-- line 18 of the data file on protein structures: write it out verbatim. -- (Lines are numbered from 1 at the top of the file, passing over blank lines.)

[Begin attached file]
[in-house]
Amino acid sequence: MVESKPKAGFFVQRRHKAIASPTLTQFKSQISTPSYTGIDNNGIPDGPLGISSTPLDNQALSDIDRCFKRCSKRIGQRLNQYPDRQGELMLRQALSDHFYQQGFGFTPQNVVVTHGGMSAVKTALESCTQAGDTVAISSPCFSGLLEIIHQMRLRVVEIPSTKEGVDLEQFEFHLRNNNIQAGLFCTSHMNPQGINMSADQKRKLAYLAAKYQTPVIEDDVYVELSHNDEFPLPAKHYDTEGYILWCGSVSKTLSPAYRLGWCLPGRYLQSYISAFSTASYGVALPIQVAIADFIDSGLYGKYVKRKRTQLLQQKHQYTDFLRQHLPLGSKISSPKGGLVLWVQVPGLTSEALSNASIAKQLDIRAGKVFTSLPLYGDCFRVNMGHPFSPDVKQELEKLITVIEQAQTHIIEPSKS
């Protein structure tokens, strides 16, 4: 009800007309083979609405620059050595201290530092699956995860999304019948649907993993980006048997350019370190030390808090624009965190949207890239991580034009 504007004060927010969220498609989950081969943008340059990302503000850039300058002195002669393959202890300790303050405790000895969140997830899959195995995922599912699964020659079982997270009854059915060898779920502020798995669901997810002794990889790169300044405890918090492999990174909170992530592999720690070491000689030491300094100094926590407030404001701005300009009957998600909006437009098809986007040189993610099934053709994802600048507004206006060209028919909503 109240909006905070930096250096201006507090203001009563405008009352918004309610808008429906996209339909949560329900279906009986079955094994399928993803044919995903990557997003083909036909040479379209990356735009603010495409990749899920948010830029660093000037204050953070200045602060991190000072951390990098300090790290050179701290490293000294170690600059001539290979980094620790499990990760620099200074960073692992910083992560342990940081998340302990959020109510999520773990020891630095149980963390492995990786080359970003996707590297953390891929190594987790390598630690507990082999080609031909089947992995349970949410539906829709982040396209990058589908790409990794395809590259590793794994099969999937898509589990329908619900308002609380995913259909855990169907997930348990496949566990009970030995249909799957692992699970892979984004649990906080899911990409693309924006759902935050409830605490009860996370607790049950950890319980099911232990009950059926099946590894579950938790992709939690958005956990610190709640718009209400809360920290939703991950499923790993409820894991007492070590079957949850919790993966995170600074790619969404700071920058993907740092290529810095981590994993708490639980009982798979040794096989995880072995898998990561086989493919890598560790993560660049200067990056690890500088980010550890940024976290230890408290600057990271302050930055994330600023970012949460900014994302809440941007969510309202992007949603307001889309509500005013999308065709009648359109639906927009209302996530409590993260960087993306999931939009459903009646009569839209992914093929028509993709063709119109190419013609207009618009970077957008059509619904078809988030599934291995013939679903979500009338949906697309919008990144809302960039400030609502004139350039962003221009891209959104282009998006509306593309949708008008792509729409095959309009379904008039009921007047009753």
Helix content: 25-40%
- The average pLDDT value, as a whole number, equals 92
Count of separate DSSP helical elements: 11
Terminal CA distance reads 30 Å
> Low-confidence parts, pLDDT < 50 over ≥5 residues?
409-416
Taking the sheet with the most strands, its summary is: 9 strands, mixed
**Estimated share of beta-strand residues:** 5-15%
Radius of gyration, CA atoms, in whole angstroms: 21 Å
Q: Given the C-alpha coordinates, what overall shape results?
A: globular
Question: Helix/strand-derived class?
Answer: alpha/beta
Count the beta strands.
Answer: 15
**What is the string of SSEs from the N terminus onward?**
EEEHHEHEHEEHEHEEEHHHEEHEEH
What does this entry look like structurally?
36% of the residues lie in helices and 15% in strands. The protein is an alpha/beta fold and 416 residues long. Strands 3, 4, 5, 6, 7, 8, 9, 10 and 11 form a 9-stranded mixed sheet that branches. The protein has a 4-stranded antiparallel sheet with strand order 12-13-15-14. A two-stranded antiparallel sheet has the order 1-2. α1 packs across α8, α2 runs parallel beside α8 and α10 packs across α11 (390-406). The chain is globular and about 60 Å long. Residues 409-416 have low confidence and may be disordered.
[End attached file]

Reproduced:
Answer: 15